draft-ietf-rtcweb-audio-codecs-for-interop-01.txt   draft-ietf-rtcweb-audio-codecs-for-interop-02.txt 
Network Working Group S. Proust Network Working Group S. Proust
Internet-Draft Orange Internet-Draft Orange
Intended status: Informational E. Berger Intended status: Informational E. Berger
Expires: July 20, 2015 Cisco Expires: February 8, 2016 Cisco
B. Feiten B. Feiten
Deutsche Telekom Deutsche Telekom
B. Burman B. Burman
Ericsson Ericsson
K. Bogineni K. Bogineni
Verizon Wireless Verizon Wireless
M. Lei M. Lei
Huawei Huawei
E. Marocco E. Marocco
Telecom Italia Telecom Italia
January 16, 2015 August 7, 2015
Additional WebRTC audio codecs for interoperability. Additional WebRTC audio codecs for interoperability.
draft-ietf-rtcweb-audio-codecs-for-interop-01 draft-ietf-rtcweb-audio-codecs-for-interop-02
Abstract Abstract
To ensure a baseline level of interoperability between WebRTC To ensure a baseline level of interoperability between WebRTC
clients, [I-D.ietf-rtcweb-audio] requires a minimum set of codecs. clients, [I-D.ietf-rtcweb-audio] requires a minimum set of codecs.
However, to maximize the possibility to establish the session without However, to maximize the possibility to establish the session without
the need for audio transcoding, it is also recommended to include in the need for audio transcoding, it is also recommended to include in
the offer other suitable audio codecs that are available to the the offer other suitable audio codecs that are available to the
browser. browser.
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Internet-Drafts are working documents of the Internet Engineering Internet-Drafts are working documents of the Internet Engineering
Task Force (IETF). Note that other groups may also distribute Task Force (IETF). Note that other groups may also distribute
working documents as Internet-Drafts. The list of current Internet- working documents as Internet-Drafts. The list of current Internet-
Drafts is at http://datatracker.ietf.org/drafts/current/. Drafts is at http://datatracker.ietf.org/drafts/current/.
Internet-Drafts are draft documents valid for a maximum of six months Internet-Drafts are draft documents valid for a maximum of six months
and may be updated, replaced, or obsoleted by other documents at any and may be updated, replaced, or obsoleted by other documents at any
time. It is inappropriate to use Internet-Drafts as reference time. It is inappropriate to use Internet-Drafts as reference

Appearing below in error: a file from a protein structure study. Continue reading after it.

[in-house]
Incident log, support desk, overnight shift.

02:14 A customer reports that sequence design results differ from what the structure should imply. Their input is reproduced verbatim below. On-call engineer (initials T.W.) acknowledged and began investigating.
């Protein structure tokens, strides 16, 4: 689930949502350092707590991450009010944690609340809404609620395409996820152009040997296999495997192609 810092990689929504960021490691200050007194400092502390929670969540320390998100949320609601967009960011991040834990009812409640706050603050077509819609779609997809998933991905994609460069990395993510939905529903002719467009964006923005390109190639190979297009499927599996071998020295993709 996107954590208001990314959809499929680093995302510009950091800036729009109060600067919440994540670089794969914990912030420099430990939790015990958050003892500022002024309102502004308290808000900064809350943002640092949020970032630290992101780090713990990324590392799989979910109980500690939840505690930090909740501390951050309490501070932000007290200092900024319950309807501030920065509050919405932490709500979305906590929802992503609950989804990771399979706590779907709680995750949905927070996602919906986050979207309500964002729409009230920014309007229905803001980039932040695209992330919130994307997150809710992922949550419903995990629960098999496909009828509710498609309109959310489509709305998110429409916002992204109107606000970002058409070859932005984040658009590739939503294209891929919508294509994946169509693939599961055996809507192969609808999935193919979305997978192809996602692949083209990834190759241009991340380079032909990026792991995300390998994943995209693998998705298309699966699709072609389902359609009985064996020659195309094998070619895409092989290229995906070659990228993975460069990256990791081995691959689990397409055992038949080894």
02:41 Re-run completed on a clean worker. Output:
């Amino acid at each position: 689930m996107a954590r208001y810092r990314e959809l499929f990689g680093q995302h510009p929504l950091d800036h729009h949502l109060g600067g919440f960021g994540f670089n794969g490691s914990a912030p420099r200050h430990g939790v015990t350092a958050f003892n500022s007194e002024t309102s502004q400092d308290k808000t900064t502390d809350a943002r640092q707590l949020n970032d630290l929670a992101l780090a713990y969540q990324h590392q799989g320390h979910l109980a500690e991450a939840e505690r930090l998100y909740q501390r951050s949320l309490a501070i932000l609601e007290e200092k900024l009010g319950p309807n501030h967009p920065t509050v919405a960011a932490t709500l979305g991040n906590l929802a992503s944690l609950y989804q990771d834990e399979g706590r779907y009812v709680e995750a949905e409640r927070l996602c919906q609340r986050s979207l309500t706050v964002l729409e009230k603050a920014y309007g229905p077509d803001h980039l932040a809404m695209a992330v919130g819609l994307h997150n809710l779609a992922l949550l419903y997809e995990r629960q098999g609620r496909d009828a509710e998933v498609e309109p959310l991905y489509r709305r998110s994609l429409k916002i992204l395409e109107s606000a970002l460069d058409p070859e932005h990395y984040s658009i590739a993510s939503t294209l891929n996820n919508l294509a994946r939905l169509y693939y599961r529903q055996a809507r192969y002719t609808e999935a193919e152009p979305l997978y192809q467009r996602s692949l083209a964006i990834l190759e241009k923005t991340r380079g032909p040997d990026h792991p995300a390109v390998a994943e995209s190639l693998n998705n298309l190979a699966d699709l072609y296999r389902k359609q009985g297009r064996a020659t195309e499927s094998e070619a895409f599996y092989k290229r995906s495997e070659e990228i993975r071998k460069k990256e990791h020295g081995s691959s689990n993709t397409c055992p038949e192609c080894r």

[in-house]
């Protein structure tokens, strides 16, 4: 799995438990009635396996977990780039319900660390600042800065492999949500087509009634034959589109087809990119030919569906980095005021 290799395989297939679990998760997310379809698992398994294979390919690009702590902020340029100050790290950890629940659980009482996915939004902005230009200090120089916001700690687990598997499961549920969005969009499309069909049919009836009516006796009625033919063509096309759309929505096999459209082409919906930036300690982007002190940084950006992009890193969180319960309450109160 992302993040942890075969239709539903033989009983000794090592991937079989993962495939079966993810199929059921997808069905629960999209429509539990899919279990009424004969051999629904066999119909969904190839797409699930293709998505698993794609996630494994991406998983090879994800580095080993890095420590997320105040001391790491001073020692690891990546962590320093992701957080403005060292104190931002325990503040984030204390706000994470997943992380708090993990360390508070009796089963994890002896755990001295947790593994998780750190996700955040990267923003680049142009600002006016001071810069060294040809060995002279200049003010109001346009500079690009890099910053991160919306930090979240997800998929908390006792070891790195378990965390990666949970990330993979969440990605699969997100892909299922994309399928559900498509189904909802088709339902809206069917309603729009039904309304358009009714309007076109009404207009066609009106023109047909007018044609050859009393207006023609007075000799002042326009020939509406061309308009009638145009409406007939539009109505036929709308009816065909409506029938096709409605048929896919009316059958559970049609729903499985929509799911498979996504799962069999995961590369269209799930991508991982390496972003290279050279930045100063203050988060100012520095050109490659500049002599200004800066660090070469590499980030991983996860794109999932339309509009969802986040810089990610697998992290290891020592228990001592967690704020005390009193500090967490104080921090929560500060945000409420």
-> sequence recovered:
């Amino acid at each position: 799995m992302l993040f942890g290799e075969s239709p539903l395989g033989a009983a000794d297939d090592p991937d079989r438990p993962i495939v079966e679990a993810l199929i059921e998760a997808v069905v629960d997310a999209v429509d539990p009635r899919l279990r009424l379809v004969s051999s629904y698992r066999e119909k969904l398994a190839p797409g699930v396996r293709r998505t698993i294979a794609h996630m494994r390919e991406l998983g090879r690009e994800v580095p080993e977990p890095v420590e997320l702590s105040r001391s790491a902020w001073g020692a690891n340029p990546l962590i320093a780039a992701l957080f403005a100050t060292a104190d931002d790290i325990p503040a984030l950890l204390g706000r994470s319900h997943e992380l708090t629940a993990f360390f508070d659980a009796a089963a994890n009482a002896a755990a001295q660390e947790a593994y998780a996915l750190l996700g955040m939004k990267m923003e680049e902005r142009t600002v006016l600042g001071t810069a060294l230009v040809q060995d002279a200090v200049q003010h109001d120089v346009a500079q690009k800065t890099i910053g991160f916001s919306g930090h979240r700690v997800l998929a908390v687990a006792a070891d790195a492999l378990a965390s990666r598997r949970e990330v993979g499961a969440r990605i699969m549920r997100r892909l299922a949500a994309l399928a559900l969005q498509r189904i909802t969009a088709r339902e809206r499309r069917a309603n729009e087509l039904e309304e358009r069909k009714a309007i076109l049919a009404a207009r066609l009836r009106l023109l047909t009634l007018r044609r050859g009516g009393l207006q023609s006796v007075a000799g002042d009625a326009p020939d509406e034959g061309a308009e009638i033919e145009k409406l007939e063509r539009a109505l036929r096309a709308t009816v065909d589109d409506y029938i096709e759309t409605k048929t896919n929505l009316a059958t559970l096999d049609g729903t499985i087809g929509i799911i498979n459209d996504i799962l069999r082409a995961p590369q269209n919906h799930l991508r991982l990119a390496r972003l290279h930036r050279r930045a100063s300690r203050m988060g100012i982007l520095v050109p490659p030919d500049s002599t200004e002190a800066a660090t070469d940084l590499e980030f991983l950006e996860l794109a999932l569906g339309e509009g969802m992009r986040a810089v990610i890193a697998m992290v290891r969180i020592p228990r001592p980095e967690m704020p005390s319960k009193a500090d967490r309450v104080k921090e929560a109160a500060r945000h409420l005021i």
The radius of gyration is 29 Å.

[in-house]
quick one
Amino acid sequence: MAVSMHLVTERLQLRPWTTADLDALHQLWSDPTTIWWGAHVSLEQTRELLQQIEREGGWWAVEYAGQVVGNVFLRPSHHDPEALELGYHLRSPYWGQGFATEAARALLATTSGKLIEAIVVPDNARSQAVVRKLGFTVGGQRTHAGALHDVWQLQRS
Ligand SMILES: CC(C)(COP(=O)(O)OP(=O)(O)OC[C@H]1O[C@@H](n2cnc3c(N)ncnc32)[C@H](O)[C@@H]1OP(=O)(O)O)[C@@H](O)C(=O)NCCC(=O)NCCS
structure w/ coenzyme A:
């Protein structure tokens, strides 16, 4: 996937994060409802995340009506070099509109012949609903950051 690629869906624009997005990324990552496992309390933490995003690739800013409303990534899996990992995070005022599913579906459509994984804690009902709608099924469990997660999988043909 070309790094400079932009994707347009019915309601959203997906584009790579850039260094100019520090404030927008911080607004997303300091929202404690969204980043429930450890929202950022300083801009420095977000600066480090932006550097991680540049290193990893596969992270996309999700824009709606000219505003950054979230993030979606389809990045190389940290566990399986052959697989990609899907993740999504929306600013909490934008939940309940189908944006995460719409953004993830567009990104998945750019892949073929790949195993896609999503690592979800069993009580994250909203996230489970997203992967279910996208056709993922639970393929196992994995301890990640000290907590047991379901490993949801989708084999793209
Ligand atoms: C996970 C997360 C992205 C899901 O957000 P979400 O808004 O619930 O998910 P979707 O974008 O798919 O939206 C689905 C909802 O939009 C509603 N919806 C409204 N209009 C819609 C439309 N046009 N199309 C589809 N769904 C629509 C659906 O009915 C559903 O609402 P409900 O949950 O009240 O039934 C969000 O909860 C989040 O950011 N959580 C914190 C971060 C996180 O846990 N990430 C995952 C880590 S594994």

material or to cite them other than as "work in progress." material or to cite them other than as "work in progress."
This Internet-Draft will expire on July 20, 2015. This Internet-Draft will expire on February 8, 2016.
Copyright Notice Copyright Notice
Copyright (c) 2015 IETF Trust and the persons identified as the Copyright (c) 2015 IETF Trust and the persons identified as the
document authors. All rights reserved. document authors. All rights reserved.
This document is subject to BCP 78 and the IETF Trust's Legal This document is subject to BCP 78 and the IETF Trust's Legal
Provisions Relating to IETF Documents Provisions Relating to IETF Documents
(http://trustee.ietf.org/license-info) in effect on the date of (http://trustee.ietf.org/license-info) in effect on the date of
publication of this document. Please review these documents publication of this document. Please review these documents
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use cases with AMR-WB at 12.65 kbit/s and in the same range for use cases with AMR-WB at 12.65 kbit/s and in the same range for
other wideband transcoding cases. It should be stressed that if other wideband transcoding cases. It should be stressed that if
G.711 is used as a fall back codec for interoperation, wideband G.711 is used as a fall back codec for interoperation, wideband
voice quality will be lost. Such bandwidth reduction effect down voice quality will be lost. Such bandwidth reduction effect down
to narrow band clearly degrades the user perceived quality of to narrow band clearly degrades the user perceived quality of
service leading to shorter and less frequent calls. Such a switch service leading to shorter and less frequent calls. Such a switch
to G.711 is less than desirable or acceptable choice for to G.711 is less than desirable or acceptable choice for
customers. If transcoding is performed between OPUS and any other customers. If transcoding is performed between OPUS and any other
wideband codec, wideband communication could be maintained but wideband codec, wideband communication could be maintained but
with degraded quality (MOS scores of transcoding between AMR-WB with degraded quality (MOS scores of transcoding between AMR-WB